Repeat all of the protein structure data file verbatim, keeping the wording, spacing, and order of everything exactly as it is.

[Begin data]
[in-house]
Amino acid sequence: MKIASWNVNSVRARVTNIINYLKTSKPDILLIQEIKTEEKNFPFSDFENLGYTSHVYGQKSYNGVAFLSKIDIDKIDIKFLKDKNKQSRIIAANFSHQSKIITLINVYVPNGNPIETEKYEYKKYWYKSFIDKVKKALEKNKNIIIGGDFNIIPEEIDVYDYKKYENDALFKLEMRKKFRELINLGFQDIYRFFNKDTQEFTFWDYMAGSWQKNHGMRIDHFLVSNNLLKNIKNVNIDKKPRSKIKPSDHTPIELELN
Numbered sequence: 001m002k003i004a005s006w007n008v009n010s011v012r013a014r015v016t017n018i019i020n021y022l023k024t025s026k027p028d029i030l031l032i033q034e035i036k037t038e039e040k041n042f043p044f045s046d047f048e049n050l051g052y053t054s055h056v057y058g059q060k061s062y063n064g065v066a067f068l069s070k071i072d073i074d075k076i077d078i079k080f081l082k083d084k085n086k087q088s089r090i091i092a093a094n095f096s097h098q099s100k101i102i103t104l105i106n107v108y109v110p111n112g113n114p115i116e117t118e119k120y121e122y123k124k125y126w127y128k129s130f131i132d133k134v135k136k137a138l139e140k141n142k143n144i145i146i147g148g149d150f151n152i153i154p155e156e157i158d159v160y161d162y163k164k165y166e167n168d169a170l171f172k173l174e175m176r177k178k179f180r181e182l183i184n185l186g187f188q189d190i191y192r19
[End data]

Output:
[in-house]
Amino acid sequence: MKIASWNVNSVRARVTNIINYLKTSKPDILLIQEIKTEEKNFPFSDFENLGYTSHVYGQKSYNGVAFLSKIDIDKIDIKFLKDKNKQSRIIAANFSHQSKIITLINVYVPNGNPIETEKYEYKKYWYKSFIDKVKKALEKNKNIIIGGDFNIIPEEIDVYDYKKYENDALFKLEMRKKFRELINLGFQDIYRFFNKDTQEFTFWDYMAGSWQKNHGMRIDHFLVSNNLLKNIKNVNIDKKPRSKIKPSDHTPIELELN
Numbered sequence: 001m002k003i004a005s006w007n008v009n010s011v012r013a014r015v016t017n018i019i020n021y022l023k024t025s026k027p028d029i030l031l032i033q034e035i036k037t038e039e040k041n042f043p044f045s046d047f048e049n050l051g052y053t054s055h056v057y058g059q060k061s062y063n064g065v066a067f068l069s070k071i072d073i074d075k076i077d078i079k080f081l082k083d084k085n086k087q088s089r090i091i092a093a094n095f096s097h098q099s100k101i102i103t104l105i106n107v108y109v110p111n112g113n114p115i116e117t118e119k120y121e122y123k124k125y126w127y128k129s130f131i132d133k134v135k136k137a138l139e140k141n142k143n144i145i146i147g148g149d150f151n152i153i154p155e156e157i158d159v160y161d162y163k164k165y166e167n168d169a170l171f172k173l174e175m176r177k178k179f180r181e182l183i184n185l186g187f188q189d190i191y192r19